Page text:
The satellite images of the major drop in air pollution in China, as a result of the COVID-19 pandemic, have gone viral around the world. Pollution has dropped as a result of stopping air traffic, cars, factories and the closing of all non-essential businesses. The COVID-19 has shown us the immense impact of human activity and how the environment can benefit from the reduced activity. Human health is also benefiting, with some scientists estimating that in China, more lives were saved due to the impact of clean air, compared to the number of people that died due to the coronavirus.
Actually, air pollution is considered to be a ‘silent public health emergency‘. Globally, 9 out of 10 people are breathing polluted air. Due to the wide-spread contamination of air quality, roughly 7 million people die each year from outdoor and indoor (office and home) air pollution. However, the good news is, scientific studies have revealed that the health of communities can improve within a few weeks of improvements that are made to air quality.
As lock-downs and quarantines continue to spread across the world, clean air is also being felt in other parts of the world. As Europe takes stricter measures to combat the COVID-19, the European Environment Authority is also reporting a drop in air pollution. For example, in Barcelona, nitrogen dioxide levels went down by 40 % from one week to the next.
There are also other benefits for nature and wildlife. In Sardinia, on an island off the coast of Italy, people are reporting the return of dolphins, due to the reduction in boat traffic. Also in Italy, the famous canals of Venice, which are usually clogged with boats and gondolas, are clearer and cleaner than ever before. The water is blue and transparent, while fish, ducks and other marine life are returning. Some people are proposing that boats should be limited to the future to support the return of a thriving and unique biosphere.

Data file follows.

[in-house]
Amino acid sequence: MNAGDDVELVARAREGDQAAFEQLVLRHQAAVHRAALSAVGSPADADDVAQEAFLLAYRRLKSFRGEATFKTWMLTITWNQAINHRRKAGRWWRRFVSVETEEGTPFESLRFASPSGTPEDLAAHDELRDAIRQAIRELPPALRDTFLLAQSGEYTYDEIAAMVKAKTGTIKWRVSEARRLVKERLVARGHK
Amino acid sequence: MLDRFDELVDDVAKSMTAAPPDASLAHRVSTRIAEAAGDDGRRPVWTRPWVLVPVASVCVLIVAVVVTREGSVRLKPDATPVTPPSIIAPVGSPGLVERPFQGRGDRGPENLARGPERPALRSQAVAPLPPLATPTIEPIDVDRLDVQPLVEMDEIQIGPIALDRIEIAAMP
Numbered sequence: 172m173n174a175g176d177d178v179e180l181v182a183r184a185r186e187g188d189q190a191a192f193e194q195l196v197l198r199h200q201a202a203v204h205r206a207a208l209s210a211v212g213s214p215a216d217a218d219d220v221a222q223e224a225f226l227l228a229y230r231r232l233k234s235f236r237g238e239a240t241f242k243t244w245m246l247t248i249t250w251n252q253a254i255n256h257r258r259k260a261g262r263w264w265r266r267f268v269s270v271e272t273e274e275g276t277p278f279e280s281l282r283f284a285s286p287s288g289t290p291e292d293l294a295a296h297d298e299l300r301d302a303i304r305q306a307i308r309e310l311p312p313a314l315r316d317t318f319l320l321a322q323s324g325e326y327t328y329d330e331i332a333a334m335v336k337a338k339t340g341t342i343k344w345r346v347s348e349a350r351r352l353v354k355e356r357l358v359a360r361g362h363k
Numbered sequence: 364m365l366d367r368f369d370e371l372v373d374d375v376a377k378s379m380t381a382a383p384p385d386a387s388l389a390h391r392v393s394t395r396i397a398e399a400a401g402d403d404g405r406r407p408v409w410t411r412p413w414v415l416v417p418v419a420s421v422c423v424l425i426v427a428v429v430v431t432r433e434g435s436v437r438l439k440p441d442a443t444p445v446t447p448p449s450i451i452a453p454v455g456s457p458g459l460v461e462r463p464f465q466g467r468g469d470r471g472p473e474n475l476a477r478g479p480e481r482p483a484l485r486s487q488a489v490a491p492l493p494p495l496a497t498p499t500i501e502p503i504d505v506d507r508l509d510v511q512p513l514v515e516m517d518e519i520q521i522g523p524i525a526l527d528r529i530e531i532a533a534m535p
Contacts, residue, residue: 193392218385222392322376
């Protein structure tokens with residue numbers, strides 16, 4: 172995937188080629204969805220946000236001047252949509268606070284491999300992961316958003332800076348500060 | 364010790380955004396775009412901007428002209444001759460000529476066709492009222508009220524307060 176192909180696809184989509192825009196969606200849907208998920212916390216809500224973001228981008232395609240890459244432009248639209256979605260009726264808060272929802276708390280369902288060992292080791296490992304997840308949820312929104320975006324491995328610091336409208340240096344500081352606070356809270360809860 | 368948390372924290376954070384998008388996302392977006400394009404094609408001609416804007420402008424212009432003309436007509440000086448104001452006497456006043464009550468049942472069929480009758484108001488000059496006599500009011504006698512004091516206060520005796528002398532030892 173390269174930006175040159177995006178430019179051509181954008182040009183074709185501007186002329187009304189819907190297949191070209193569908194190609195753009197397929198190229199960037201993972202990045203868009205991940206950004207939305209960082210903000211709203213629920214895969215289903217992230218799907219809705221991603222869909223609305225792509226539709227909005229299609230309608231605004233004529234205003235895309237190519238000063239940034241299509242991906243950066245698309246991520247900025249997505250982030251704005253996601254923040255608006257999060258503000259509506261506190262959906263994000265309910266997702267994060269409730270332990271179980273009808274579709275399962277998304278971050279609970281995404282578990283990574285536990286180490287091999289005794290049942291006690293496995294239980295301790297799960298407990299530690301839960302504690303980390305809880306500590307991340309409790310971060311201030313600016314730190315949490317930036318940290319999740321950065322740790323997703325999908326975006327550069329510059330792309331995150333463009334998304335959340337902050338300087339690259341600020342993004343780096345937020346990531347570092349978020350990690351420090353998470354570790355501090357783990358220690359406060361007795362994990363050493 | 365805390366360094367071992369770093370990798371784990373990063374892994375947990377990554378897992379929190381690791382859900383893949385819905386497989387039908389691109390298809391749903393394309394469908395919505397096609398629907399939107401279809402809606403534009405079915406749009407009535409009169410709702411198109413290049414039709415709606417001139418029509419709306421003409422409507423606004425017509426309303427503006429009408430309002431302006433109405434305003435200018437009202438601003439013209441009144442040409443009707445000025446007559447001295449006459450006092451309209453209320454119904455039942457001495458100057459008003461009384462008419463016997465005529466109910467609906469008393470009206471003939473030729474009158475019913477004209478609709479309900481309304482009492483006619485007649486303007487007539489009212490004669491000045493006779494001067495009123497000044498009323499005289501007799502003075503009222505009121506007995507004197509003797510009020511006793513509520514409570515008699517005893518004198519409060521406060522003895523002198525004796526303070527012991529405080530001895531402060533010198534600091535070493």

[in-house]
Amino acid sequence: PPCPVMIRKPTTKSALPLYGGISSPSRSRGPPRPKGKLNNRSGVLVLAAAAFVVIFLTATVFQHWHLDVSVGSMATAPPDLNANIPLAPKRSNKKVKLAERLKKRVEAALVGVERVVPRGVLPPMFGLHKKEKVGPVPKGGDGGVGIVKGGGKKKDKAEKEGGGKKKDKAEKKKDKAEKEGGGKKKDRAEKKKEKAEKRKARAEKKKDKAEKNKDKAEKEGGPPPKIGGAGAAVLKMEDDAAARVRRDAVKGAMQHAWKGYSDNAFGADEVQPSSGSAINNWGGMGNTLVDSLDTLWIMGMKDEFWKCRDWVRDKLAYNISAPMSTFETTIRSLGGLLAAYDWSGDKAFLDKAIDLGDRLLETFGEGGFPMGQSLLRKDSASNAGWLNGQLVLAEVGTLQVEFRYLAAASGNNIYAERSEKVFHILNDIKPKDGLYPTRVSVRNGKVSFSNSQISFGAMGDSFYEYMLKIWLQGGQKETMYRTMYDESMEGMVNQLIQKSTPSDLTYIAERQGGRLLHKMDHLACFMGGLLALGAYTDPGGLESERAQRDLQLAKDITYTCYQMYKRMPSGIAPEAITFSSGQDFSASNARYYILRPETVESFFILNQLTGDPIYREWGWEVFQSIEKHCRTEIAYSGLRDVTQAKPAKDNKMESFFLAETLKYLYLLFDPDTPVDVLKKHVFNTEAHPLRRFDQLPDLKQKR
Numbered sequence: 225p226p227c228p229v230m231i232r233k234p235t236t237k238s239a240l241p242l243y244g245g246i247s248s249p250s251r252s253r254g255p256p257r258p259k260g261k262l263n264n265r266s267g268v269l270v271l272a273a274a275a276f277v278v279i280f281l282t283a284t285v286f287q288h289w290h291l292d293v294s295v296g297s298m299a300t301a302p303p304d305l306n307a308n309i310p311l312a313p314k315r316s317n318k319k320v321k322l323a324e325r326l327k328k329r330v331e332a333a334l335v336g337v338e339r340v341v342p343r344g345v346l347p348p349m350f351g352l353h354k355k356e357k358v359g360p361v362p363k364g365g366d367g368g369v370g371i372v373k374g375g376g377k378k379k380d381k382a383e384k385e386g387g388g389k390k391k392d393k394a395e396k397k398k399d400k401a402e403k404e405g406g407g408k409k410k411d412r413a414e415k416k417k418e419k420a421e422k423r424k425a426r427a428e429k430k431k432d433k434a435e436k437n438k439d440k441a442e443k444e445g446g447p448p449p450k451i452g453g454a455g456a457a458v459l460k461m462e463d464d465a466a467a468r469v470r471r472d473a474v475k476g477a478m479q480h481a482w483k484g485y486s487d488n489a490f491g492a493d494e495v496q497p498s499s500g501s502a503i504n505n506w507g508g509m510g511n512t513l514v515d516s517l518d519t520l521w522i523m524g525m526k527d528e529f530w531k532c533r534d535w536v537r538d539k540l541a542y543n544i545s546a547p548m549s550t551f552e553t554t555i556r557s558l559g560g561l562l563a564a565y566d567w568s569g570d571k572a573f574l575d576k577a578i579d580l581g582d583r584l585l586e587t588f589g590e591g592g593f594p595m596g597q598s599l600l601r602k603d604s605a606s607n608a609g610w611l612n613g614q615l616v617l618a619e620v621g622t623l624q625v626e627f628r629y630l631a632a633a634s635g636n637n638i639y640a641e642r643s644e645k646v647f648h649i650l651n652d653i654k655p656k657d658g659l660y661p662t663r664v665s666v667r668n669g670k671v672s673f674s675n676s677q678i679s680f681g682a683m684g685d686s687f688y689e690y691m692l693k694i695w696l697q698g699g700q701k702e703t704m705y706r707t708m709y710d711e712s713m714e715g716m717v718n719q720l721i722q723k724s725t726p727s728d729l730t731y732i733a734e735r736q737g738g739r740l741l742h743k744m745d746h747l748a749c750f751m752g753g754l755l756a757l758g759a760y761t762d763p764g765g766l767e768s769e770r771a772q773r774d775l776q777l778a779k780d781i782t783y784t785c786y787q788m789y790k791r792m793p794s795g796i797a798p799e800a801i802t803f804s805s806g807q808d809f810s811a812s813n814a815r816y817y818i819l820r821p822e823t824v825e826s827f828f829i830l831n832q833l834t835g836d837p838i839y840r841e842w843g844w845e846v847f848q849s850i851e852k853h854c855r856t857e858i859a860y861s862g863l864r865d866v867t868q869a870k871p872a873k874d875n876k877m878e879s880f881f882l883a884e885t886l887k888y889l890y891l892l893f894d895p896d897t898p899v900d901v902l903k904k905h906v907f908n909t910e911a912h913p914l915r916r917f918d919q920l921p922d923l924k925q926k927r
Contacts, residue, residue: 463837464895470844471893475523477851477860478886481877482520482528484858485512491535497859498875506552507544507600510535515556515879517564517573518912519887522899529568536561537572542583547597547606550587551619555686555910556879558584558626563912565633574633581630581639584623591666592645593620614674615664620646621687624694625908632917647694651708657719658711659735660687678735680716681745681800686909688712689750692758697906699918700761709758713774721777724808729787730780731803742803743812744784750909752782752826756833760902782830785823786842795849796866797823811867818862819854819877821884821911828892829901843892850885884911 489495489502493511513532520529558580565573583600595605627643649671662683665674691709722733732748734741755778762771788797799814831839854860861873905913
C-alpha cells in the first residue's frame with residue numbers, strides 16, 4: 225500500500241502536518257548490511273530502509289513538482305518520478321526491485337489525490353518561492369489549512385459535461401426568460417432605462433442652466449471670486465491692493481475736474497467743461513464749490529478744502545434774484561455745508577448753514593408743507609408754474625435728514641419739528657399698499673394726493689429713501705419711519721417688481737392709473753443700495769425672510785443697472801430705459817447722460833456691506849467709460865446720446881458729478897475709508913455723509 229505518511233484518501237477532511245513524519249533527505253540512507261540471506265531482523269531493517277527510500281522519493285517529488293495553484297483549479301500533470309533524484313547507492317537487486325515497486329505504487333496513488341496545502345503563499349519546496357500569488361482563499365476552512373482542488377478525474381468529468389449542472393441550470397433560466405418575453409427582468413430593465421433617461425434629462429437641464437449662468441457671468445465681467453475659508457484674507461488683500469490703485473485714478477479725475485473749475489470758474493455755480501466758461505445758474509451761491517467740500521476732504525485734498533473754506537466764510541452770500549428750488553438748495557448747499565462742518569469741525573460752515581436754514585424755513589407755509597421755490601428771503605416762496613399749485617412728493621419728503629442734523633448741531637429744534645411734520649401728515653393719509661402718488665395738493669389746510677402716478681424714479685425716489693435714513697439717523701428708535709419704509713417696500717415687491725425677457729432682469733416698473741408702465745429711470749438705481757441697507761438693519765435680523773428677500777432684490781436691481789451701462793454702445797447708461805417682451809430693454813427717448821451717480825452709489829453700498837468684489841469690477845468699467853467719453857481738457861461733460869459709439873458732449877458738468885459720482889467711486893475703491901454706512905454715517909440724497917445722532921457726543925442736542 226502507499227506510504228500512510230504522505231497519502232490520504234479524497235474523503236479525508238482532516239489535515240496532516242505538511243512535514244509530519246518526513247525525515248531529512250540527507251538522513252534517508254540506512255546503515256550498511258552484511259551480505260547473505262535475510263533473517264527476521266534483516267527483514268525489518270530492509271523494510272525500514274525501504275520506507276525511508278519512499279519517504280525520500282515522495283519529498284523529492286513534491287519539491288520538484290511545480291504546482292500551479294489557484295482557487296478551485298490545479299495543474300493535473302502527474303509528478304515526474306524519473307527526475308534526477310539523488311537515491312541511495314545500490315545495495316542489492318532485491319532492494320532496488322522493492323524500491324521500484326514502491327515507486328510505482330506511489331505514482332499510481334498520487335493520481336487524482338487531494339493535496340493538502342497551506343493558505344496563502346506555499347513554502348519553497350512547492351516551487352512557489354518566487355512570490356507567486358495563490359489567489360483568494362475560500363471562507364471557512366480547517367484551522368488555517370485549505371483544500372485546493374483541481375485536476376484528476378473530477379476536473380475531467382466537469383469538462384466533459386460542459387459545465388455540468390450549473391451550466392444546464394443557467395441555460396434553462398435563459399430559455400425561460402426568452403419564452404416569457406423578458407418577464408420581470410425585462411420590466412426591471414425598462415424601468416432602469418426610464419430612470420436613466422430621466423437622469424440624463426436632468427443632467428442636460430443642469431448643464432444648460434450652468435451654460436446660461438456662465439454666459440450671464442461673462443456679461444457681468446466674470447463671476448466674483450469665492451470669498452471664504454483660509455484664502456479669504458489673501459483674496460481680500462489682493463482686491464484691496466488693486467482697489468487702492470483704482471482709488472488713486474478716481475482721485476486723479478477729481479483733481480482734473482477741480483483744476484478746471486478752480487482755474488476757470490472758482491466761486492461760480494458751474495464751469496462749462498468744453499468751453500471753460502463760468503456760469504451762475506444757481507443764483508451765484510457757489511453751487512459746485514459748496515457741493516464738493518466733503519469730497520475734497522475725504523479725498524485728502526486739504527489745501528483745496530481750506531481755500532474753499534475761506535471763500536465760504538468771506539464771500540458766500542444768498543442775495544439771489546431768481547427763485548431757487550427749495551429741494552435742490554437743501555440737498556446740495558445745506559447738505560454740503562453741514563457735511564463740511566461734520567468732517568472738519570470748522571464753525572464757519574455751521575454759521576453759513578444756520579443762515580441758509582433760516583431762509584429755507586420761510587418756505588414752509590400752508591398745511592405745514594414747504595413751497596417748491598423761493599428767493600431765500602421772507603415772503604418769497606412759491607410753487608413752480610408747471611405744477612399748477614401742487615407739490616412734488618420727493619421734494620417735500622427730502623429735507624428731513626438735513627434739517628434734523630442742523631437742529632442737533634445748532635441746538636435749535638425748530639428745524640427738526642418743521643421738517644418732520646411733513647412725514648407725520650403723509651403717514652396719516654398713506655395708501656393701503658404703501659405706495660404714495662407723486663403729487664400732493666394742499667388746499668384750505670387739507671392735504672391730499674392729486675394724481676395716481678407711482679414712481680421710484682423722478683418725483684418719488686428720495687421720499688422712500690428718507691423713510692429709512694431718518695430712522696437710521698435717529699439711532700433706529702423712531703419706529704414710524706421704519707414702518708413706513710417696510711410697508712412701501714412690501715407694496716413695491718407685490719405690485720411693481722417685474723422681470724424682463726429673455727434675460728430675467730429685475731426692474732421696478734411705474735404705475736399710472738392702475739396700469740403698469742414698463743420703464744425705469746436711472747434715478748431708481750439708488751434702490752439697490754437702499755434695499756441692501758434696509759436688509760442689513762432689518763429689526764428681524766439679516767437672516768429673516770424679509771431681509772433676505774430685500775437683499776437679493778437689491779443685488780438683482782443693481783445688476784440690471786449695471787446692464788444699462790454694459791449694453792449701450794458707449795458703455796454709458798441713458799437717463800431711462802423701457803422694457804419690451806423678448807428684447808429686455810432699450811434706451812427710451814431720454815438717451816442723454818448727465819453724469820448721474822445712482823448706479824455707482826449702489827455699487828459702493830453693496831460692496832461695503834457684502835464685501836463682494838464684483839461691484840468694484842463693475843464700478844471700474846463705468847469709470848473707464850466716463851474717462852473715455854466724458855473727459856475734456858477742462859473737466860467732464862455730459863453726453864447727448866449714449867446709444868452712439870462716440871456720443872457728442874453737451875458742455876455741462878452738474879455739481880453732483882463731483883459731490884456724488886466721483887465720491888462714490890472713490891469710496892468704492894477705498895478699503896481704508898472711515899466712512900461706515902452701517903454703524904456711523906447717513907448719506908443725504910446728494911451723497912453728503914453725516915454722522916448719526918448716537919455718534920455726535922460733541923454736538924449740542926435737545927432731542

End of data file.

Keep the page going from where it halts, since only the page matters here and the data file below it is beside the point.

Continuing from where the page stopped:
There are also wide-spread calls to continue the measures that have been put in place due to the COVID-19. For example, China is being encouraged to continue to ban wildlife markets. A hotel owner in Venice is inviting the Venetian community to reflect on finding ‘a balance between the city and tourism‘ in a city that normally receives 20 million visitors each year. And the aviation industry is under pressure to find clean ways to service the tourism and travel industry.
Whatever the way forward, we can certainly learn something from this global pandemic. The year 2020 will be remembered as the moment in time when the COVID-19 stopped millions of people around the world. The year also 2020 marks the Decade of Action towards the Sustainable Development Goals. Although the cause is not what anyone would have ever wished for, the environmental and health benefits for humans, nature, and wildlife from COVID-19 – give us some ideas for options to explore.